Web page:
B/ES/05/14: Environmental impact assessment of transgenic grapevines and plums on virus populations

GMTW-127 , updated 8 Sep 2010
B/ES/05/14
not known whether content was given by the Spanish Competent Authority
2005 - 2010
1200 m2
e.r.a.
impact on virus populations

Tree species

Prunus domestica
plum
European plum
hybrid Stanley C5 (Honey Sweet), also described as cultivar Bluebyrd
Stone fruit species that includes several varieties (e.g. Common plums, damsons, mirabelle); cultivated in Europe, Asia (China) and parts of the Americas; pollinated by bees.

Notifier & developers

Locations of this trial

All trial locations with the same GM trees

Locationsort icon Country
Bistrita Romania
Llíria Spain
Poland Poland
Praha-Ruzyně Czech Republic
Romania Romania
Spain Spain
West Virginia (WV) USA

Description

"Transgenic plums that will be studied were established in the field in 1996 regarding the project "Field testing of transgenic plums containing Plum pox virus coat protein gene" (notification number B/ES/96/16)." (JRC notification 2005)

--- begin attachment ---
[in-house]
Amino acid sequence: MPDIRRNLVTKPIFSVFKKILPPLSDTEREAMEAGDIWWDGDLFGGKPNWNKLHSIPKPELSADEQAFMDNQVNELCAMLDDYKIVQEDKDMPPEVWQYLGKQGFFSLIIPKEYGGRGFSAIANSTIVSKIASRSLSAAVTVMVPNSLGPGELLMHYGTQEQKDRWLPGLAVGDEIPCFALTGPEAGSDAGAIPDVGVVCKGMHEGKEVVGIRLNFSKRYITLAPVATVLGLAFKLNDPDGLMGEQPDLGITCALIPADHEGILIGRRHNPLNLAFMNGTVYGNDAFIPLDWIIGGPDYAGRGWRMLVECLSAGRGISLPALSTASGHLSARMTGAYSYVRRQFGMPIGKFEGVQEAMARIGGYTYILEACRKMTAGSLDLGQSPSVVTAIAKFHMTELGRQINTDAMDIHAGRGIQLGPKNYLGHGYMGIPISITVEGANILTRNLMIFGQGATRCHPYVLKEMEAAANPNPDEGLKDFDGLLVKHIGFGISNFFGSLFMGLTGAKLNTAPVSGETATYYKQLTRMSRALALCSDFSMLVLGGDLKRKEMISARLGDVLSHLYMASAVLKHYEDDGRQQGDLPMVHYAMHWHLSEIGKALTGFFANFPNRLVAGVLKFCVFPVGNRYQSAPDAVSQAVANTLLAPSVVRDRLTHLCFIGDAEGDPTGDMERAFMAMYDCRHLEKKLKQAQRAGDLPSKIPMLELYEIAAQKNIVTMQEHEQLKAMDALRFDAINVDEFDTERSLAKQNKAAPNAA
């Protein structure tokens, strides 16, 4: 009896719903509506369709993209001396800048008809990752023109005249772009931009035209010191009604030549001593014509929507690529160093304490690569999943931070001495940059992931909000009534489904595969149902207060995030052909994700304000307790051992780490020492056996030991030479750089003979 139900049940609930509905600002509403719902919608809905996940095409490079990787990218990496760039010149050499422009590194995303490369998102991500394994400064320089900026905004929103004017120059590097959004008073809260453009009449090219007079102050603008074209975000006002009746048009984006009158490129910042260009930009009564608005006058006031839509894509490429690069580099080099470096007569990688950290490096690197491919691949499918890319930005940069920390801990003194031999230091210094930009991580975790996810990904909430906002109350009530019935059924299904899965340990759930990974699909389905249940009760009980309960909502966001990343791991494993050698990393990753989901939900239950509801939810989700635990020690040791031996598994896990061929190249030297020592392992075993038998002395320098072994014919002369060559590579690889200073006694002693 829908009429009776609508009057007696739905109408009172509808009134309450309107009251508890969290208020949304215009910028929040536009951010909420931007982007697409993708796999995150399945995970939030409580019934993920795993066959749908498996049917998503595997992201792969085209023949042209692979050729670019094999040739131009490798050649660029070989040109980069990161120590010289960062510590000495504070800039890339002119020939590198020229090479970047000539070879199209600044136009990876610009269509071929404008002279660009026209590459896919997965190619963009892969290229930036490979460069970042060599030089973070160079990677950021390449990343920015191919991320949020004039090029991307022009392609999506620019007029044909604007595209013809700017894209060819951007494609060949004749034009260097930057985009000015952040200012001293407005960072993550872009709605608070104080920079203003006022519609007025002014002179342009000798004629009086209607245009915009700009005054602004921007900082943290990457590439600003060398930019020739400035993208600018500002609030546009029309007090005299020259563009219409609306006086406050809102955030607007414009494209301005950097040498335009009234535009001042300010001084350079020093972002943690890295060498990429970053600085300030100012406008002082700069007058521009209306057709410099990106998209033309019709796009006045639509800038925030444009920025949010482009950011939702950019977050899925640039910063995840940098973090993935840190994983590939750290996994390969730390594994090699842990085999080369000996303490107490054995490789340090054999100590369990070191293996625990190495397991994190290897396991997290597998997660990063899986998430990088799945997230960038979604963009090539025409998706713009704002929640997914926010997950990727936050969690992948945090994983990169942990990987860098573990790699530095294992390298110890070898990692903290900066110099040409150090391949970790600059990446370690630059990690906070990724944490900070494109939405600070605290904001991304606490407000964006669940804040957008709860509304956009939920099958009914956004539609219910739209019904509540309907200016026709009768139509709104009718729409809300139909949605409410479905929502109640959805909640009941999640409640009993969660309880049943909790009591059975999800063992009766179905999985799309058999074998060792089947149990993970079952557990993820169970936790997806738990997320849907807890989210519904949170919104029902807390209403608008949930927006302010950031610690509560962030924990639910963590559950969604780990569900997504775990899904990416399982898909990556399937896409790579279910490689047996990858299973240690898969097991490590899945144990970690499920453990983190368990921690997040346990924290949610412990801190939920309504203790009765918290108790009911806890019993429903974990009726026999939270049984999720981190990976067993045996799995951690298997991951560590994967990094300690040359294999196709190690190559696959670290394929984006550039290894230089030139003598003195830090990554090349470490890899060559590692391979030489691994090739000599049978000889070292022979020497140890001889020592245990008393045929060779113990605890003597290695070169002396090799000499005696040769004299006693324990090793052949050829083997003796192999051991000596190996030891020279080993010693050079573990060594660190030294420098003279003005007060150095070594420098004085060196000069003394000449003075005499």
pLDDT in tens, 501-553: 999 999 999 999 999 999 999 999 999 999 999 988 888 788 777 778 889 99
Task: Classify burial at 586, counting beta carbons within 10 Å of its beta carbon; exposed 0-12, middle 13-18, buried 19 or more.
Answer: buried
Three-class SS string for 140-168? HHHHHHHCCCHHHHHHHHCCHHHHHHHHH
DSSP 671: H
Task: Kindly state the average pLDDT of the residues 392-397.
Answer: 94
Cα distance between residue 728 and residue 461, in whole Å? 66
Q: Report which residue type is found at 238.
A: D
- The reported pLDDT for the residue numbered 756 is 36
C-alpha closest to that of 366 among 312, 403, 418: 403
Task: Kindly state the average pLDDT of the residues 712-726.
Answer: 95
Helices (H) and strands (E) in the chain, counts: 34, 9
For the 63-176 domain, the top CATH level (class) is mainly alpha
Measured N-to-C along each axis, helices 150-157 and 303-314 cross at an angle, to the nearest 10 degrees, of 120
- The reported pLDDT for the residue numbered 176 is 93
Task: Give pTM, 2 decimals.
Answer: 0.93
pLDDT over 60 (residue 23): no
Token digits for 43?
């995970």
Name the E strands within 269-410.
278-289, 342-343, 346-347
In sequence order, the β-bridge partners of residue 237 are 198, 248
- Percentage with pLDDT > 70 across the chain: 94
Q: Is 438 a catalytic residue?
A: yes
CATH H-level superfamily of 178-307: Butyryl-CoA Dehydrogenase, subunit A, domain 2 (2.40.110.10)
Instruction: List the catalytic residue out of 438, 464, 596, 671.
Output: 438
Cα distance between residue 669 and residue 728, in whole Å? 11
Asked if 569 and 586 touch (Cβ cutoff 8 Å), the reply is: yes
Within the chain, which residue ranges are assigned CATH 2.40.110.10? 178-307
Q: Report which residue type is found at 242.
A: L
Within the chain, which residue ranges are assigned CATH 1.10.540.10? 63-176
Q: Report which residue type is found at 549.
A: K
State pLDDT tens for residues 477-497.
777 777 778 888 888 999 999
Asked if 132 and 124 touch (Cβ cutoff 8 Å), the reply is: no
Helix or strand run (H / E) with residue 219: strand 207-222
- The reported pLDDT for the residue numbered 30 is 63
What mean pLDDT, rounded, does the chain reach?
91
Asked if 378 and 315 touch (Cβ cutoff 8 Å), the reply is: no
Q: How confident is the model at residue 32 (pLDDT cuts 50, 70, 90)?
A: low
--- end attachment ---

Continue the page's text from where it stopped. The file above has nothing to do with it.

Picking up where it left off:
"The main objective of the project is to evaluate under field conditions the impact of the PPV-CP transgenic plums on the dynamics and variability of virus populations. Our safety assessment studies will determine the potential of heterologous viruses (Apple chlorotic leafspot virus [ACLSV], Prune dwarf virus [PDV] and Prunus necrotic ringspot virus [PNRSV]) at reverting the engineered protection to PPV in transgenic plums. Mixes of viruses will be inoculated by grafting onto transgenic plums and PPV infection on the grafted transgenic plums and the diversity of virus populations within, will be evaluated in successive Springs. [...] Transgenic plums that will be studied were established in the field in 1996 regarding the project "Field testing of transgenic plums containing Plum pox virus coat protein gene" (notification number B/ES/96/16). Results from these studies demonstrated that the transgenic line C5 is highly resistant to natural infection of PPV. Additionally, the C4 transgenic line showed a remarkable delay in the infection, and the rest of the analysed transgenic (C6, PT-6 and PT-23) and non-transgenic (non-transformed P. domestica and P. salicina) lines were not resistant to PPV. These result will be published by Malinowski et al. (2005) "Field trials of plum clones (Prunus domestica L.) transformed with the Plum pox virus coat protein (PPV-CP) gene demonstrate resistance to plum pox disease"." (JRC 2005)